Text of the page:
Suspension front and rear is courtesy of Kayaba. A 46mm inverted fork and a monoshock unit with progressive rising rate linkage at the back offer 190mm of wheel travel and 194mm respectively. Spring ratios are possibly softer than I’d want for the way I like to ride – so too is the damping – but it does offer a very comfortable ride for a pace that’s possibly best described as moderately swift. Spring preload is adjustable on the front fork while preload and rebound damping is tweakable on the rear. Fatter than expected passenger? Rear preload is easily changed by using the remote hand wheel adjuster. Bish bosh.

In corners, even badly surfaced ones with little grip, the Tiger feels balanced and reasonably planted with plenty of feedback from both tyres. The soft spring rates and damping allows quite a bit of front/rear weight transference – exaggerated by the long travel – but you soon learn to adapt your riding to compensate. The Crosstourer is no different in this respect but the GS (and Multistrada) do allow you to stiffen or soften the suspension action on the move with their clever and effective electronic suspension systems. 

Fast, open, sweeping roads are where the Tiger Explorer feels most at home. High speed stability is excellent (better than Crosstourer and on a par with the GS) and threading fourth, fifth and sixth gear corners together is fun.

Comfy, too. With a flat, soft seat, high screen and wide bars you feel like you could ride it all day. There is an alternative high screen and the position of the perspex is easily changed by using two knurled wheels either side of the headlights) but while there’s less wind pressure on your head than the Crosstourer, I found there to be more buffeting. I will make a point of trying the higher screen next time I ride one. The big, protective hand guards are also standard kit. And like the screen and the seat, the handlebars are adjustable, too.

Those low (unadjustable) footpegs may be too low for some. I caught my feet on the road a few times before I learned to ride on tip-toes and whilst it does offer a great deal of space to accommodate a wide variety of rider shapes and sizes it might cost you a few extra few quid in boot leather. Depends how you ride, I suppose.

That digital dash packs an amazing amount of information into its small face. By using the Information button on the left hand handlebar you can scroll between all the options. There are two TC settings (and disable function), ABS set-up, two trip readings, an optional tyre pressure display, fuel info – (fuel remaining, mpg, distance to empty, average speed) service interval indicator, gear position indicator, speed, temps, cruise control info and even information about the self cancelling indicators and the (optional) heated seat.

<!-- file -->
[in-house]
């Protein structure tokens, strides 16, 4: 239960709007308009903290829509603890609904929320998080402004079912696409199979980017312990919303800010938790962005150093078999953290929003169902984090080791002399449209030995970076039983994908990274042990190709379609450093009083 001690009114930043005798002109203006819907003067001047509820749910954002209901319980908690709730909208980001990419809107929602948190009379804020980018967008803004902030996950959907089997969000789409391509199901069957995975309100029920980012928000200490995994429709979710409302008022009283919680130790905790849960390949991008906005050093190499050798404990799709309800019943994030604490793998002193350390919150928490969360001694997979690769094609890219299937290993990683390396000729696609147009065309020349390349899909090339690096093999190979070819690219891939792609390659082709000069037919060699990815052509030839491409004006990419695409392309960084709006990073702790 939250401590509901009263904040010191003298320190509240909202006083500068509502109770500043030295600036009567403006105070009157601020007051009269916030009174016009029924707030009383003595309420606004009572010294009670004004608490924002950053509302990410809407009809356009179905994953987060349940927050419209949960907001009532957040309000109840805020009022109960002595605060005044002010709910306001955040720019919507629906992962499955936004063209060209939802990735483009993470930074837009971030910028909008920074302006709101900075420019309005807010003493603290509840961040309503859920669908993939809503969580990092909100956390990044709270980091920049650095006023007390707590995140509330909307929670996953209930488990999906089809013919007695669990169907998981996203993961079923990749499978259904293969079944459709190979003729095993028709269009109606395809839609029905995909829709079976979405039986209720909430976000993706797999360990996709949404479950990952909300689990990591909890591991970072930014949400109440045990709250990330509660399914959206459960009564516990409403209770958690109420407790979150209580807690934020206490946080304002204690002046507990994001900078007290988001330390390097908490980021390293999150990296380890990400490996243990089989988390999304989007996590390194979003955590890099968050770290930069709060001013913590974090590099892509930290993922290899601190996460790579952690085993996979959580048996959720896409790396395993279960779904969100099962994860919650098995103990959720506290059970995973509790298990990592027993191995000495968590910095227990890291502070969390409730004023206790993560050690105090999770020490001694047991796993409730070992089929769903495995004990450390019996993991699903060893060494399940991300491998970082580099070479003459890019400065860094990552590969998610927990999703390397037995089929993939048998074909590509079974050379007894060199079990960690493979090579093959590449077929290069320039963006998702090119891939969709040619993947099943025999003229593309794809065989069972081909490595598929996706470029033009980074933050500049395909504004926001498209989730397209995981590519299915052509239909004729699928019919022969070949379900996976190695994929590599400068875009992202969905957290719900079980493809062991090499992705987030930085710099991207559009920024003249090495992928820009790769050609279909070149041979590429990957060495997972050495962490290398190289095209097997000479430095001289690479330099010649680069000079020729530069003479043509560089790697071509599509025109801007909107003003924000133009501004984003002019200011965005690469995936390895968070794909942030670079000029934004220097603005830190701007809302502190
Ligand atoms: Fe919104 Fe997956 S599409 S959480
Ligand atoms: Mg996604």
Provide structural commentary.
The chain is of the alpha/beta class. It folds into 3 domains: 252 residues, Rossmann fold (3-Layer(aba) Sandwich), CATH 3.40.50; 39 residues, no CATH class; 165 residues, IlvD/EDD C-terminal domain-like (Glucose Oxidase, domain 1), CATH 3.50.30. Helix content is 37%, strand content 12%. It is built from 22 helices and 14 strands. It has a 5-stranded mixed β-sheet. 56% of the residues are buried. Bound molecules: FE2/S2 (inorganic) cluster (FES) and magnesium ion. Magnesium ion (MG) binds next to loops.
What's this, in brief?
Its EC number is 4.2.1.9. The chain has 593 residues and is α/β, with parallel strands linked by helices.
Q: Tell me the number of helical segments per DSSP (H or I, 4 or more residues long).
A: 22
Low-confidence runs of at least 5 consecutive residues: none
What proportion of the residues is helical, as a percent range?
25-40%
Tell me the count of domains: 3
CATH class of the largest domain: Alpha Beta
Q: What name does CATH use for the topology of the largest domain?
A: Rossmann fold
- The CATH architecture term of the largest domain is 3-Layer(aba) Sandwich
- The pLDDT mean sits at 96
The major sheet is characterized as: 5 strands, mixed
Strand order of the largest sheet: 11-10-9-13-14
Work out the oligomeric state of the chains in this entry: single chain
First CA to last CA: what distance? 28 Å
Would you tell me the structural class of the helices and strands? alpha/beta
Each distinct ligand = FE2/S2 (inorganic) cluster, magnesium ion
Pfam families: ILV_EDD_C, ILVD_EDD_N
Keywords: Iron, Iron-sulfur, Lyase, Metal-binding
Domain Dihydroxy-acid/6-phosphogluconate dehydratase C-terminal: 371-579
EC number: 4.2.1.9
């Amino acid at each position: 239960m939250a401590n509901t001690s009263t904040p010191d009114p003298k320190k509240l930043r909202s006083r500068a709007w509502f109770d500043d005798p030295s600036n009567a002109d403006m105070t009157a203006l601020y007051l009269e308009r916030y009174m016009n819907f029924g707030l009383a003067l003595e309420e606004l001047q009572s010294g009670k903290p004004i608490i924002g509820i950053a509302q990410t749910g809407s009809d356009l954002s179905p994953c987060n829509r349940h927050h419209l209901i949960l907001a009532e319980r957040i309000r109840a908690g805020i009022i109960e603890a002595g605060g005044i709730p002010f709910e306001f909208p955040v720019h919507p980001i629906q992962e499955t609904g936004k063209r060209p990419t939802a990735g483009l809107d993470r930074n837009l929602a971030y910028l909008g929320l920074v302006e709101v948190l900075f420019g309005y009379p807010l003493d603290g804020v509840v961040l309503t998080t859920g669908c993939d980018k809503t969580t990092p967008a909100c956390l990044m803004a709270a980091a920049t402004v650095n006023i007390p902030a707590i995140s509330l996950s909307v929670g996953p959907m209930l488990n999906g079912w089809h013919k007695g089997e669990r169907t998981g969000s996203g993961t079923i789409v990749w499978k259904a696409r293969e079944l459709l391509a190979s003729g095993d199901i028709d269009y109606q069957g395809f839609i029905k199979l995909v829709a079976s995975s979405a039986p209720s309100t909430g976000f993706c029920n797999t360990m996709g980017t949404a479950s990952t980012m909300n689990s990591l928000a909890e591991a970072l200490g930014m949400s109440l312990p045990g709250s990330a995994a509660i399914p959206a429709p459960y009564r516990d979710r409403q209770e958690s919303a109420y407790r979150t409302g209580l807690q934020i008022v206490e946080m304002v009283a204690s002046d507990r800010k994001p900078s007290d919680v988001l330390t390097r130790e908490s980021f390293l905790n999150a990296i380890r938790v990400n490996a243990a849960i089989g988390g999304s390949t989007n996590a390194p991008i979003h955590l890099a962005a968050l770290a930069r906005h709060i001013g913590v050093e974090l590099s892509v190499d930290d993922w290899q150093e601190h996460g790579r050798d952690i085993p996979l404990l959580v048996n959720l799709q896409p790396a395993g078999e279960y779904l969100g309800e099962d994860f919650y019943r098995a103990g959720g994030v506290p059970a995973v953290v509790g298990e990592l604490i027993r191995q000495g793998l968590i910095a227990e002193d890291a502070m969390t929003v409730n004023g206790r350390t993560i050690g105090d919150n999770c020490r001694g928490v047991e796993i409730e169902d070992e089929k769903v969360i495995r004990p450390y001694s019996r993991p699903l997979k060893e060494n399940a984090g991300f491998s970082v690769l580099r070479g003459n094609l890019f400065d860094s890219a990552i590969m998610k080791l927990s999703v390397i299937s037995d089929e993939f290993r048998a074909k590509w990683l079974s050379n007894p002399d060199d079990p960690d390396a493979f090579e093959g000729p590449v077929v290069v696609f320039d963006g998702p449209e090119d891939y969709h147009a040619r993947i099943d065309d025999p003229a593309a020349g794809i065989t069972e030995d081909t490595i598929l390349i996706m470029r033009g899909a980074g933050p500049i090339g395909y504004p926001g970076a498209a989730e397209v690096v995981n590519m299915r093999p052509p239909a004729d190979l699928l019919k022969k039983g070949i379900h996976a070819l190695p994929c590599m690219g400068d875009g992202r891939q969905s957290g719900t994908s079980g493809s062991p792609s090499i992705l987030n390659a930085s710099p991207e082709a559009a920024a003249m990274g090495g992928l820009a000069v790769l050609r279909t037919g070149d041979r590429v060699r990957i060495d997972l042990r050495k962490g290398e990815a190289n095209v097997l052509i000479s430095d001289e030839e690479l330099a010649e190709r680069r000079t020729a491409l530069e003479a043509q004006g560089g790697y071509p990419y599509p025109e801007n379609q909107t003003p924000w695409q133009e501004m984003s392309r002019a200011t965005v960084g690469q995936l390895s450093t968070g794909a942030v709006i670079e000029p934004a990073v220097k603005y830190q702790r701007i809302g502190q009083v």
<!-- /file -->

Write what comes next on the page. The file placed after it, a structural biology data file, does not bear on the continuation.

Phew. It’s almost a due-care and attention charge in itself. There’s also a twelve volt jack-point at the front of the fuel tank to plug your (insert electrical item here) into. The optional top box also has an integrated twelve volt charging point. Yes, it wired for sound, quite literally.

I did have a bit of a play with the cruise control and after some fat-fingered faffing around (normal for me) it seemed really intuitive and would definitely provide a useful rest on long, boring motorway runs. Press the + or – buttons and the speed changes in 4mph increments. Cruise capability is one of many benefits of the fly-by-wire throttle system. Triumph claim their new ECU (developed in conjunction with Keihin) is twice as fast as the predecessor.

After only four hours in the saddle I’ve come to the following conclusion. The Tiger Explorer is a big, fast, comfy motorcycle that’s fun to ride because of that turbine-smooth, howling triple engine. It behaves more like a ‘normal’ motorbike than BMW’s GS and it runs the Crosstourer really close on account of its price (it’s cheaper) and its incredible standard-fit parts and huge service intervals. Is it fun? When was a 137PS motorbike not fun? As far as its off-roading capabilities are concerned, I'm not truly convinced. 260kgs of anything is too big for anything other than riding up a gravel drive. 

Triumph have clearly spent their time well, developing the Tiger Explorer and it will win a raft of new fans from other brands because it’s a great bike and it delivers amazing value at £11,149.

But, for me? The Crosstourer still nabs it because that V4 engine just smashes out the torque from practically zero revs whereas the Triumph needs to be tickled a bit more to elicit the same go.

That opinion, I have to say, is formed after just a few hours in either saddle.

A few weeks and a few thousand miles might just flip that view the other way...